While Alexander shows Mara and Kalen a clearing that was once the location of his laboratory, back in 1899, in the same spot, Philby and Alexander’s housekeeper, Mrs. Watchit, are in the laboratory and sadly discuss his absence. Philby tells Mrs. Watchit he is glad that Alexander has gone to a place where he can find peace, then tells her that he would like to hire her as a housekeeper, which she accepts until Alexander returns. Mrs. Watchit bids Alexander farewell and Philby leaves, looking toward the laboratory affectionately, then throws his bowler hat away in tribute to Alexander’s distaste for conformity.

this is a good film in it’s own right. It goes at a fair pace, has its tensions and added violence that all films must have now. But so much of this film is not part of the original story that it should have had the last vestiges of the H.G. Wells story removed and been made as an original film.

 

REVIEW: THE TIME MACHINE (1960)

CAST

Rod Taylor (Inglourious Bastards)
Alan Young (Beverly Hills Cop III)
Yvette Mimieux (The Black Hole)
Sebastian Cabot (Family Affair)
Tom Helmore (Vertigo)
Whit Bissell (Sovient Green)
Paul Frees (The War of The Worlds)

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On January 5, 1900 in London, four friends arrive for a dinner at the house of their friend H. George Wells (Rod Taylor), an inventor. Bedraggled and exhausted, George arrives and begins to describe the strange experiences he has had since the group last met. At their earlier dinner, on December 31, 1899, George describes time as “the fourth dimension” to David Filby (Alan Young), Dr. Philip Hillyer (Sebastian Cabot), Anthony Bridewell (Tom Helmore), and Walter Kemp (Whit Bissell). He shows them a small model of his time machine and asks a guest to press a tiny lever. The device disappears, validating his claim, but his friends remain unconvinced; their reactions vary from curiosity to frank dismissal.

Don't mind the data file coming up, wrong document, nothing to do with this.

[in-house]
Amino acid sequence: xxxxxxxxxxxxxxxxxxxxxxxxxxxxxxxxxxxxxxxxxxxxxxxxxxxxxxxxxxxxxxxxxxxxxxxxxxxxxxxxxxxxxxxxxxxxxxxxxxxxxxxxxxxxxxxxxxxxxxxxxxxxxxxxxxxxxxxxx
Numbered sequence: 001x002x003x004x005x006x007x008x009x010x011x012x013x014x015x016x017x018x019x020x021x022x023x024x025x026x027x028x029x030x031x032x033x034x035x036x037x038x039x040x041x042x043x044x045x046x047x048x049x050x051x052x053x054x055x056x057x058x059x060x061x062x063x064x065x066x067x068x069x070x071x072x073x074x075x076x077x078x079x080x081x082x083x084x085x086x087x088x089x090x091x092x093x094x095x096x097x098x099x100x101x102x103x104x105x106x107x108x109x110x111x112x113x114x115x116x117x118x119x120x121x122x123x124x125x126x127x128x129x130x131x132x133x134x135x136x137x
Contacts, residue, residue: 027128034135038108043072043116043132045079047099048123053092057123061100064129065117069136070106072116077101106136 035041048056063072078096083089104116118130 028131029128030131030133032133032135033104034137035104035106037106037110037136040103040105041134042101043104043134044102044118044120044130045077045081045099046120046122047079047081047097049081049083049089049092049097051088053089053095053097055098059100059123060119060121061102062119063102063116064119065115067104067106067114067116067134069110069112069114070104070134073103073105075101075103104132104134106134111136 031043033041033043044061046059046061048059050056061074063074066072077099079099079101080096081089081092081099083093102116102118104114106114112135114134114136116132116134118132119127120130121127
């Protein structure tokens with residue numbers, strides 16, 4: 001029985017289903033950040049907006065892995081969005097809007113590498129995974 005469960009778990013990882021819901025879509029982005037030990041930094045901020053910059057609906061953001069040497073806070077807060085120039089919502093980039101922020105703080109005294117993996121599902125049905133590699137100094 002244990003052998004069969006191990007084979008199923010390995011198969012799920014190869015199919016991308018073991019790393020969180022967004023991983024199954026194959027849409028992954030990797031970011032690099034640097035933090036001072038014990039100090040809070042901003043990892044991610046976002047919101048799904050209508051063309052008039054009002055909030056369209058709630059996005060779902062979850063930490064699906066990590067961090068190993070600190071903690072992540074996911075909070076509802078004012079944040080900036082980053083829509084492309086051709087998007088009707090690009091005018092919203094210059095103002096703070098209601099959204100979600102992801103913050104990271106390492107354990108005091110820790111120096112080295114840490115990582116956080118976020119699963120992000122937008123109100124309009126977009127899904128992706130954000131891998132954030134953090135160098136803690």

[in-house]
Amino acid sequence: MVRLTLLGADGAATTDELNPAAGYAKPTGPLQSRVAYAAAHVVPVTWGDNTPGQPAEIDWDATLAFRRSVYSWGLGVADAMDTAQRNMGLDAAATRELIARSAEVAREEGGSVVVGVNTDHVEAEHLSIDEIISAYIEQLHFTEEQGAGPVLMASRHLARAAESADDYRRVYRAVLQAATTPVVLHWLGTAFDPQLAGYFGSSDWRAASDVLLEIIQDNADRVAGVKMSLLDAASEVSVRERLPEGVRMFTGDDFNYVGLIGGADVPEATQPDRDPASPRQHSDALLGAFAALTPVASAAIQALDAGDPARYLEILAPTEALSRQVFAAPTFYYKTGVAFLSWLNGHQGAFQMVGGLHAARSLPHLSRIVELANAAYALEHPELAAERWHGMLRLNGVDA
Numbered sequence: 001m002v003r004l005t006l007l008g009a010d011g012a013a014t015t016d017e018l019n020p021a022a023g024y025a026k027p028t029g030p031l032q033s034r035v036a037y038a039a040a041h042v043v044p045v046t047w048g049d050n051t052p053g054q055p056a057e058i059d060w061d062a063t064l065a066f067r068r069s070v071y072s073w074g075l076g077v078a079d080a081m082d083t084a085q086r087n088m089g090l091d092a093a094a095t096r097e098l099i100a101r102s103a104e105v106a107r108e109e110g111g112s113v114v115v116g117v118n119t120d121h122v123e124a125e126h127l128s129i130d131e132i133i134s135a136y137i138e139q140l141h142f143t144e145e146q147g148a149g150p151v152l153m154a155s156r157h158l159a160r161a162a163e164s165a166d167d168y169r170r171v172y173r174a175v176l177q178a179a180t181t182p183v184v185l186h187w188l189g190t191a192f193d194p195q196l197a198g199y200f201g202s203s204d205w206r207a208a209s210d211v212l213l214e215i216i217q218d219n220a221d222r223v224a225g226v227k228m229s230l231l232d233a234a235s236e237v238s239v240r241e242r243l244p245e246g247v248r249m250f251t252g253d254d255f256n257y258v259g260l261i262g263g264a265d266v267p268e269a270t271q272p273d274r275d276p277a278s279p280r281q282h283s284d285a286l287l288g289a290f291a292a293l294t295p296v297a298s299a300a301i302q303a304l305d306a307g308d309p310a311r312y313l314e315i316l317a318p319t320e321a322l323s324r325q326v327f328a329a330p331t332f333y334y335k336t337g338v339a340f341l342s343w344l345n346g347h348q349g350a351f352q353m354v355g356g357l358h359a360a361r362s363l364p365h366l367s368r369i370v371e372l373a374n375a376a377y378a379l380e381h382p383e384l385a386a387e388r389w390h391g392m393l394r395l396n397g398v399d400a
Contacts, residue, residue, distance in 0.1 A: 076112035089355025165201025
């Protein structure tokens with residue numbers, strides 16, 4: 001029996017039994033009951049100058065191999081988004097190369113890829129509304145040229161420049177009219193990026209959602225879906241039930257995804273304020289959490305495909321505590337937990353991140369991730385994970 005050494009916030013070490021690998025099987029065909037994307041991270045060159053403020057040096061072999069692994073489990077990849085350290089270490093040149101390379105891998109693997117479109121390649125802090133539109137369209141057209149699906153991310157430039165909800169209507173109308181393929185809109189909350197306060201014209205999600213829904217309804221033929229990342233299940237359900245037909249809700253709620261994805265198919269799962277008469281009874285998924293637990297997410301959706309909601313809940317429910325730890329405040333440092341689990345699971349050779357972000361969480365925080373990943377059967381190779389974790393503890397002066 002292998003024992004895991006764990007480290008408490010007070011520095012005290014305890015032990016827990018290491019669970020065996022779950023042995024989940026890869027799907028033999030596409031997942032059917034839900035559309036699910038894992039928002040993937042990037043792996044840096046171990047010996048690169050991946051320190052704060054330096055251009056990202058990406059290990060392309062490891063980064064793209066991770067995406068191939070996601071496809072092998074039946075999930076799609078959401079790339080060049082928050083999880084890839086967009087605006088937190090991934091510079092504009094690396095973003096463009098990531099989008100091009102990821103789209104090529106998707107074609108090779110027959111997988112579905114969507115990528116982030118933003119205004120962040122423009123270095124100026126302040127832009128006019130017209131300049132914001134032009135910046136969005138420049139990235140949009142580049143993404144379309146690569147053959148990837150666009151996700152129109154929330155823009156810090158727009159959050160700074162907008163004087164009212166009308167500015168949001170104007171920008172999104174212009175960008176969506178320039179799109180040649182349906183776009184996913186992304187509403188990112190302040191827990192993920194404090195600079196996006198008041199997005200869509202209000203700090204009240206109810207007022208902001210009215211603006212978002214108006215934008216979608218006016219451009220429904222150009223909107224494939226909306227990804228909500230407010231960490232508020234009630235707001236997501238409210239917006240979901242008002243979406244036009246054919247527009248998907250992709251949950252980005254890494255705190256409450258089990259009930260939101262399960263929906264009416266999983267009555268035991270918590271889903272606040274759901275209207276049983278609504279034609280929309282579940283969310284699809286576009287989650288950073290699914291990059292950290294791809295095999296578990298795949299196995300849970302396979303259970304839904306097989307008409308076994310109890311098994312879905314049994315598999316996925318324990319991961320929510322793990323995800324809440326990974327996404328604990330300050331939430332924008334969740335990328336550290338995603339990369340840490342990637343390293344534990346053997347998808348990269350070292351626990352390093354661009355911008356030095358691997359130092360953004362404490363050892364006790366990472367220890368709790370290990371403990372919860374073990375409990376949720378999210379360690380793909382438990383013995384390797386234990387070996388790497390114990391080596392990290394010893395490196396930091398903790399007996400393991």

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George bids his guests a good evening, then heads downstairs where his full-size time machine awaits. He presses a lever and moves forward through time 17 years into the future. He meets Filby’s son, James, who tells him of Filby’s death in the Great War. Saddened, he resumes his journey, stopping in 1940 during The Blitz, finding himself in the midst of “a new war”; George resumes his journey and stops in 1966, finding his neighbourhood now part of a futuristic metropolis. People are hurrying into a nearby fallout shelter amid the blare of air raid sirens. An elderly James Filby urges George to immediately take cover, but he does not understand the danger. A nuclear explosion causes a sudden volcanic eruption around him. George continues his journey forward as the lava rapidly cools and hardens, trapping him inside. He travels far into the future until the topography changes. Hundreds of thousands of years later, the rock erodes away to reveal that London is now gone, and has been replaced by a lush, green and unspoilt landscape.

The Time Machine 2